Editorial: New Motive
The National Democratic Alliance government has decided to form a new ministry of cooperation with the home minister, Amit Shah, in charge. The formation of a new ministry is not surprising in itself. What has led to speculation is the portfolio and the second most important member of the cabinet being given charge of it. Cooperative institutions under the banner of a cooperative movement had been formed in the 1950s. The movement did not gather any significant momentum as these bodies became hotbeds of local politics, corruption and conflict. The institutions still survive with varying degrees of importance and efficiency. There are agricultural cooperatives, cooperative banks of various types, and cooperative organizations for production and marketing. Cooperatives are a state subject. A few agricultural cooperatives are monitored by the Union ministry of agriculture, while the Reserve Bank of India along with the National Bank for Agriculture and Rural Development oversees the functioning of the cooperative banking system. Cooperative institutions remain an important source of agricultural credit, but other cooperative organizations for production and marketing rarely function well. The Union government had been indicating that it wanted to give a fillip to the movement by setting up multi-state cooperative institutions with operations going beyond a particular state.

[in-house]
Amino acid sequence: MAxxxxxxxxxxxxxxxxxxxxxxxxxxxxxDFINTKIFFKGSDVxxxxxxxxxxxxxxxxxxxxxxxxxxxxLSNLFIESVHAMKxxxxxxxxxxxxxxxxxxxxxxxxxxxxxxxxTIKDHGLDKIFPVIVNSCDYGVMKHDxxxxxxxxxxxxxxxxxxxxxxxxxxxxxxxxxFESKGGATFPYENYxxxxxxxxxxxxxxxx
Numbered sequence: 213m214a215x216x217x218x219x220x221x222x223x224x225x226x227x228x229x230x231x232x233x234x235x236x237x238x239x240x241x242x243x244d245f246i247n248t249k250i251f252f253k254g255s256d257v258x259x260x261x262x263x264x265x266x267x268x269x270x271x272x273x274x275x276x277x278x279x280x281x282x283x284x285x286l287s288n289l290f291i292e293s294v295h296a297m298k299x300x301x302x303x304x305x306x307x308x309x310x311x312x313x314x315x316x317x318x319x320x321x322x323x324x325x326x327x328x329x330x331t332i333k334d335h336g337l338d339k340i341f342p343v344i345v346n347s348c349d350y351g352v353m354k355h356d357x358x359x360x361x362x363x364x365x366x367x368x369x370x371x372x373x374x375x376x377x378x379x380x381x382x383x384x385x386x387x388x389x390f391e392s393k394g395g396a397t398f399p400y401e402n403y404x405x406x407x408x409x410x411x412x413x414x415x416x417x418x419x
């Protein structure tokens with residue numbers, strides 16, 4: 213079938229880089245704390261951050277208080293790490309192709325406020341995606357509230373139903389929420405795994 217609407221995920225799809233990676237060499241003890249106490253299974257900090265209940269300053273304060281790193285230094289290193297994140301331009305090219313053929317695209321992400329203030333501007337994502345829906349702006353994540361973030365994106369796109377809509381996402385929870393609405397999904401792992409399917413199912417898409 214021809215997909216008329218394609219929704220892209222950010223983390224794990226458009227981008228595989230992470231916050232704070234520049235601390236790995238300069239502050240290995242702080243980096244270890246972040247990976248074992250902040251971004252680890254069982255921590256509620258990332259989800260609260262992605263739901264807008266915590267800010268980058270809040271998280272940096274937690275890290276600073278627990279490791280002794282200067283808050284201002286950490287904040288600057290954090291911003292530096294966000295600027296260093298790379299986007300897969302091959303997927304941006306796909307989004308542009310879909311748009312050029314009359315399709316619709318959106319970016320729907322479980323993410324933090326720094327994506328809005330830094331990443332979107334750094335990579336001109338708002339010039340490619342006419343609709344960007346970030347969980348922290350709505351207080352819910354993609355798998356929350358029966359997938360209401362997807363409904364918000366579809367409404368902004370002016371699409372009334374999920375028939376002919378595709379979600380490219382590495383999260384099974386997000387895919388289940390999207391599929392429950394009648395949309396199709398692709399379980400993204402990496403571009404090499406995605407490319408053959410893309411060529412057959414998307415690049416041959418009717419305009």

The surprise centres around the reason behind the government creating a ministry whose purview is a state subject. There are many possible reasons for this, all of which could yield large political dividends for the ruling party. The first is the sheer size of the cooperative sector measured in monetary terms. According to Nabard’s Annual Report of 2019-20, state cooperative banks had deposits worth Rs 1,35,392 crore and district central cooperative banks had disbursed loans to the tune of Rs 3,00,034 crore. According to the RBI, the urban cooperative banks had a loan book of Rs 3,05,368.27 crore. There are, thus, considerable financial resources to be controlled. Many of these institutions have been the nursery for grooming political leaders, especially in Maharashtra and Gujarat. There is also the opportunity for the Union government to tap these resources to offer lucrative schemes to placate the agitating farmers in northern India, including those in western Uttar Pradesh. Given the strategic importance of poll-bound Uttar Pradesh, this possibility cannot be ruled out. In any case, the ministry of cooperation is likely to engender greater control — and not autonomy of — over cooperatives.